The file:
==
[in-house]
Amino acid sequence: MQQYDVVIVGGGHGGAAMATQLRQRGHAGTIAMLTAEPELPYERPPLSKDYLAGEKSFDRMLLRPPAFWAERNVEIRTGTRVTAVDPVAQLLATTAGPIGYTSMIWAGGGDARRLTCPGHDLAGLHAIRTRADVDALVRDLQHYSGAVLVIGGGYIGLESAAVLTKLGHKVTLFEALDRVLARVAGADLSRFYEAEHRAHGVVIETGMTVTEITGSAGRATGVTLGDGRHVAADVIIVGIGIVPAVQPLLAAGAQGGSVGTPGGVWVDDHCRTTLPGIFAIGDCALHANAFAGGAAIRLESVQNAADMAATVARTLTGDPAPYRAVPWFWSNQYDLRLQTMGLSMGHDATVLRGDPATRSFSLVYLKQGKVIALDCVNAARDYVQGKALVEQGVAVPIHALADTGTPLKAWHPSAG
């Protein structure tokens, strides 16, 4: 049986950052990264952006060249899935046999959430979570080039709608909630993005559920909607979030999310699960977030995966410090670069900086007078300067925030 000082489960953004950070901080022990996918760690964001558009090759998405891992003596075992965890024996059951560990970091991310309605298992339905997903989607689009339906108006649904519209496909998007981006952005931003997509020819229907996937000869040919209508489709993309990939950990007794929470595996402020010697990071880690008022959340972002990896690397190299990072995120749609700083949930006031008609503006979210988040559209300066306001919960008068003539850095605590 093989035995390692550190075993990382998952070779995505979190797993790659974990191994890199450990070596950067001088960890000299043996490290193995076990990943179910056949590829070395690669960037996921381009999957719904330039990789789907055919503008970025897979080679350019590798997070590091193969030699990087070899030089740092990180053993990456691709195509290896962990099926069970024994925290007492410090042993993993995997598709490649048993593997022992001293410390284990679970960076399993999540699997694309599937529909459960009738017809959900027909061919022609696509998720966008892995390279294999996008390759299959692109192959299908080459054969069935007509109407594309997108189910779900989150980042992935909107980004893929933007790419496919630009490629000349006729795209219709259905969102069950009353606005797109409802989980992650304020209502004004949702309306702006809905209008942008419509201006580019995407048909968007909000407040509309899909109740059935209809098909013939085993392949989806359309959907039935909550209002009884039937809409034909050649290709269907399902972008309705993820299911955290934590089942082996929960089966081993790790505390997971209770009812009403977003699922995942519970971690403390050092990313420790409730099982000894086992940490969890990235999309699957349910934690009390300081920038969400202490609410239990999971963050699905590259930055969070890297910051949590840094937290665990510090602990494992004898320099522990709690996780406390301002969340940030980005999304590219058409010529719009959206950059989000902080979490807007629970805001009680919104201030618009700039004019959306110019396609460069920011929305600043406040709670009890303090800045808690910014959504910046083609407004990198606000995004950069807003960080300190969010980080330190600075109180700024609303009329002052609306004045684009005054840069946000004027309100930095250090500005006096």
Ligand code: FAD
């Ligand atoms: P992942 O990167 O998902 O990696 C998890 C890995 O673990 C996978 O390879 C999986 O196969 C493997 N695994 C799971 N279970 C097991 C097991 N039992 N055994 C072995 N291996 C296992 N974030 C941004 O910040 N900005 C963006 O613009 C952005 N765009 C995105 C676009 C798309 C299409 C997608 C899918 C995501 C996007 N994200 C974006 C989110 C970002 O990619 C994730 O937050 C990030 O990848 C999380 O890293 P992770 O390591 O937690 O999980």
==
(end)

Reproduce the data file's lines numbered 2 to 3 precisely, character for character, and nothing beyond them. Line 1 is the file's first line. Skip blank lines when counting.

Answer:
Amino acid sequence: MQQYDVVIVGGGHGGAAMATQLRQRGHAGTIAMLTAEPELPYERPPLSKDYLAGEKSFDRMLLRPPAFWAERNVEIRTGTRVTAVDPVAQLLATTAGPIGYTSMIWAGGGDARRLTCPGHDLAGLHAIRTRADVDALVRDLQHYSGAVLVIGGGYIGLESAAVLTKLGHKVTLFEALDRVLARVAGADLSRFYEAEHRAHGVVIETGMTVTEITGSAGRATGVTLGDGRHVAADVIIVGIGIVPAVQPLLAAGAQGGSVGTPGGVWVDDHCRTTLPGIFAIGDCALHANAFAGGAAIRLESVQNAADMAATVARTLTGDPAPYRAVPWFWSNQYDLRLQTMGLSMGHDATVLRGDPATRSFSLVYLKQGKVIALDCVNAARDYVQGKALVEQGVAVPIHALADTGTPLKAWHPSAG
């Protein structure tokens, strides 16, 4: 049986950052990264952006060249899935046999959430979570080039709608909630993005559920909607979030999310699960977030995966410090670069900086007078300067925030 000082489960953004950070901080022990996918760690964001558009090759998405891992003596075992965890024996059951560990970091991310309605298992339905997903989607689009339906108006649904519209496909998007981006952005931003997509020819229907996937000869040919209508489709993309990939950990007794929470595996402020010697990071880690008022959340972002990896690397190299990072995120749609700083949930006031008609503006979210988040559209300066306001919960008068003539850095605590 093989035995390692550190075993990382998952070779995505979190797993790659974990191994890199450990070596950067001088960890000299043996490290193995076990990943179910056949590829070395690669960037996921381009999957719904330039990789789907055919503008970025897979080679350019590798997070590091193969030699990087070899030089740092990180053993990456691709195509290896962990099926069970024994925290007492410090042993993993995997598709490649048993593997022992001293410390284990679970960076399993999540699997694309599937529909459960009738017809959900027909061919022609696509998720966008892995390279294999996008390759299959692109192959299908080459054969069935007509109407594309997108189910779900989150980042992935909107980004893929933007790419496919630009490629000349006729795209219709259905969102069950009353606005797109409802989980992650304020209502004004949702309306702006809905209008942008419509201006580019995407048909968007909000407040509309899909109740059935209809098909013939085993392949989806359309959907039935909550209002009884039937809409034909050649290709269907399902972008309705993820299911955290934590089942082996929960089966081993790790505390997971209770009812009403977003699922995942519970971690403390050092990313420790409730099982000894086992940490969890990235999309699957349910934690009390300081920038969400202490609410239990999971963050699905590259930055969070890297910051949590840094937290665990510090602990494992004898320099522990709690996780406390301002969340940030980005999304590219058409010529719009959206950059989000902080979490807007629970805001009680919104201030618009700039004019959306110019396609460069920011929305600043406040709670009890303090800045808690910014959504910046083609407004990198606000995004950069807003960080300190969010980080330190600075109180700024609303009329002052609306004045684009005054840069946000004027309100930095250090500005006096």